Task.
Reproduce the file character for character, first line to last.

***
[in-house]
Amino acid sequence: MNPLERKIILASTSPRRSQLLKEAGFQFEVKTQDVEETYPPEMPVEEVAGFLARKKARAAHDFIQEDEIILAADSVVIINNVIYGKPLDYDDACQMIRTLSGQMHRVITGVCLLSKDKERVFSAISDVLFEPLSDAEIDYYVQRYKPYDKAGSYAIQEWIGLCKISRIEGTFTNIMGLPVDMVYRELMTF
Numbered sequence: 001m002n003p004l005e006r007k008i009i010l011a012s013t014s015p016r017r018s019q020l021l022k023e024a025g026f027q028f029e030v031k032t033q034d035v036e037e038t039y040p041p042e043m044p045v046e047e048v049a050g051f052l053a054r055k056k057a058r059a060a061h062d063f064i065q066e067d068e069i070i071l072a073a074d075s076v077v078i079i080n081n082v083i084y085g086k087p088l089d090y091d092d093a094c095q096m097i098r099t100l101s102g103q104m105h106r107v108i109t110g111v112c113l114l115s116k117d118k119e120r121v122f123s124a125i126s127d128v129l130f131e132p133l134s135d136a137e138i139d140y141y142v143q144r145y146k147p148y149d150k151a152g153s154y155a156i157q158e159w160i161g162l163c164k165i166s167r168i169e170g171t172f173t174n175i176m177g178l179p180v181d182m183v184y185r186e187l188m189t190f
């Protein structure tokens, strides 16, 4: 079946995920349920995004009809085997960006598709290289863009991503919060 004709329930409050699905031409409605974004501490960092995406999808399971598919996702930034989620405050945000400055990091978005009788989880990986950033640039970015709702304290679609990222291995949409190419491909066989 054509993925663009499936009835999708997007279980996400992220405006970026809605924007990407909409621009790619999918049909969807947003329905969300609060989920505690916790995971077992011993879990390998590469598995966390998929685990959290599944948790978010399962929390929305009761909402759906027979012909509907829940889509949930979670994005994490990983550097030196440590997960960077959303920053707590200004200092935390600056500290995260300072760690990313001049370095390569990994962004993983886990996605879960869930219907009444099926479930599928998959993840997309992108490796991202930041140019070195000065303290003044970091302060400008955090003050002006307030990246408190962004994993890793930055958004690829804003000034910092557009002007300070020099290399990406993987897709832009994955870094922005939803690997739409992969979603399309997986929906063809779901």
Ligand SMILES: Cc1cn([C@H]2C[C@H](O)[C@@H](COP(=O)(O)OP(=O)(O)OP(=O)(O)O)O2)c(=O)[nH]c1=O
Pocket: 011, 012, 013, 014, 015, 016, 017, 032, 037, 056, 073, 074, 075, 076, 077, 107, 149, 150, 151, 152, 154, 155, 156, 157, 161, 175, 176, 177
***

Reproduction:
[in-house]
Amino acid sequence: MNPLERKIILASTSPRRSQLLKEAGFQFEVKTQDVEETYPPEMPVEEVAGFLARKKARAAHDFIQEDEIILAADSVVIINNVIYGKPLDYDDACQMIRTLSGQMHRVITGVCLLSKDKERVFSAISDVLFEPLSDAEIDYYVQRYKPYDKAGSYAIQEWIGLCKISRIEGTFTNIMGLPVDMVYRELMTF
Numbered sequence: 001m002n003p004l005e006r007k008i009i010l011a012s013t014s015p016r017r018s019q020l021l022k023e024a025g026f027q028f029e030v031k032t033q034d035v036e037e038t039y040p041p042e043m044p045v046e047e048v049a050g051f052l053a054r055k056k057a058r059a060a061h062d063f064i065q066e067d068e069i070i071l072a073a074d075s076v077v078i079i080n081n082v083i084y085g086k087p088l089d090y091d092d093a094c095q096m097i098r099t100l101s102g103q104m105h106r107v108i109t110g111v112c113l114l115s116k117d118k119e120r121v122f123s124a125i126s127d128v129l130f131e132p133l134s135d136a137e138i139d140y141y142v143q144r145y146k147p148y149d150k151a152g153s154y155a156i157q158e159w160i161g162l163c164k165i166s167r168i169e170g171t172f173t174n175i176m177g178l179p180v181d182m183v184y185r186e187l188m189t190f
């Protein structure tokens, strides 16, 4: 079946995920349920995004009809085997960006598709290289863009991503919060 004709329930409050699905031409409605974004501490960092995406999808399971598919996702930034989620405050945000400055990091978005009788989880990986950033640039970015709702304290679609990222291995949409190419491909066989 054509993925663009499936009835999708997007279980996400992220405006970026809605924007990407909409621009790619999918049909969807947003329905969300609060989920505690916790995971077992011993879990390998590469598995966390998929685990959290599944948790978010399962929390929305009761909402759906027979012909509907829940889509949930979670994005994490990983550097030196440590997960960077959303920053707590200004200092935390600056500290995260300072760690990313001049370095390569990994962004993983886990996605879960869930219907009444099926479930599928998959993840997309992108490796991202930041140019070195000065303290003044970091302060400008955090003050002006307030990246408190962004994993890793930055958004690829804003000034910092557009002007300070020099290399990406993987897709832009994955870094922005939803690997739409992969979603399309997986929906063809779901």
Ligand SMILES: Cc1cn([C@H]2C[C@H](O)[C@@H](COP(=O)(O)OP(=O)(O)OP(=O)(O)O)O2)c(=O)[nH]c1=O
Pocket: 011, 012, 013, 014, 015, 016, 017, 032, 037, 056, 073, 074, 075, 076, 077, 107, 149, 150, 151, 152, 154, 155, 156, 157, 161, 175, 176, 177